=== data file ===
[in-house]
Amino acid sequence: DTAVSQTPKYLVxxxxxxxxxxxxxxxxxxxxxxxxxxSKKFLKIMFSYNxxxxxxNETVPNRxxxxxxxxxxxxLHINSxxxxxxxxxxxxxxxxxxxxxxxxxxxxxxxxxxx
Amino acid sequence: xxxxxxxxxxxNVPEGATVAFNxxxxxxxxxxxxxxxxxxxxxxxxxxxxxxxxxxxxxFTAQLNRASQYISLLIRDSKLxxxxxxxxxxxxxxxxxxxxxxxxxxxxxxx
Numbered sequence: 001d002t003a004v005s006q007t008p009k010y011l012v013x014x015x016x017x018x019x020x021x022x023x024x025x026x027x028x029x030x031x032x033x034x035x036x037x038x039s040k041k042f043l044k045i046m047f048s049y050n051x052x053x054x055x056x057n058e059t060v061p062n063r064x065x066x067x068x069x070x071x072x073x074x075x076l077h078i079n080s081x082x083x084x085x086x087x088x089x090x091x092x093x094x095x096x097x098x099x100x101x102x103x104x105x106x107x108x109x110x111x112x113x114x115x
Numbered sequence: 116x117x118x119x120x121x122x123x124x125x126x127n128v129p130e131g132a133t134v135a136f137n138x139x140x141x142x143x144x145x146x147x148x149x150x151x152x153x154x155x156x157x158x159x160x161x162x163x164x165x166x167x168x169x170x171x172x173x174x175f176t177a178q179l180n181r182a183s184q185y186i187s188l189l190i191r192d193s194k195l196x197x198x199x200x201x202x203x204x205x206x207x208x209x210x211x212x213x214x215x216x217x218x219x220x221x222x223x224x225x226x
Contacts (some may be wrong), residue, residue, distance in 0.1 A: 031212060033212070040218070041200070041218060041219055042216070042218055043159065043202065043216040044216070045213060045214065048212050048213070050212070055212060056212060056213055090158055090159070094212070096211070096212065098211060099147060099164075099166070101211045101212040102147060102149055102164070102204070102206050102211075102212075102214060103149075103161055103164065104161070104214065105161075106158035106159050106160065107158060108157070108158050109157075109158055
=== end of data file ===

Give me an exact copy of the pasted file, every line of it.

[in-house]
Amino acid sequence: DTAVSQTPKYLVxxxxxxxxxxxxxxxxxxxxxxxxxxSKKFLKIMFSYNxxxxxxNETVPNRxxxxxxxxxxxxLHINSxxxxxxxxxxxxxxxxxxxxxxxxxxxxxxxxxxx
Amino acid sequence: xxxxxxxxxxxNVPEGATVAFNxxxxxxxxxxxxxxxxxxxxxxxxxxxxxxxxxxxxxFTAQLNRASQYISLLIRDSKLxxxxxxxxxxxxxxxxxxxxxxxxxxxxxxx
Numbered sequence: 001d002t003a004v005s006q007t008p009k010y011l012v013x014x015x016x017x018x019x020x021x022x023x024x025x026x027x028x029x030x031x032x033x034x035x036x037x038x039s040k041k042f043l044k045i046m047f048s049y050n051x052x053x054x055x056x057n058e059t060v061p062n063r064x065x066x067x068x069x070x071x072x073x074x075x076l077h078i079n080s081x082x083x084x085x086x087x088x089x090x091x092x093x094x095x096x097x098x099x100x101x102x103x104x105x106x107x108x109x110x111x112x113x114x115x
Numbered sequence: 116x117x118x119x120x121x122x123x124x125x126x127n128v129p130e131g132a133t134v135a136f137n138x139x140x141x142x143x144x145x146x147x148x149x150x151x152x153x154x155x156x157x158x159x160x161x162x163x164x165x166x167x168x169x170x171x172x173x174x175f176t177a178q179l180n181r182a183s184q185y186i187s188l189l190i191r192d193s194k195l196x197x198x199x200x201x202x203x204x205x206x207x208x209x210x211x212x213x214x215x216x217x218x219x220x221x222x223x224x225x226x
Contacts (some may be wrong), residue, residue, distance in 0.1 A: 031212060033212070040218070041200070041218060041219055042216070042218055043159065043202065043216040044216070045213060045214065048212050048213070050212070055212060056212060056213055090158055090159070094212070096211070096212065098211060099147060099164075099166070101211045101212040102147060102149055102164070102204070102206050102211075102212075102214060103149075103161055103164065104161070104214065105161075106158035106159050106160065107158060108157070108158050109157075109158055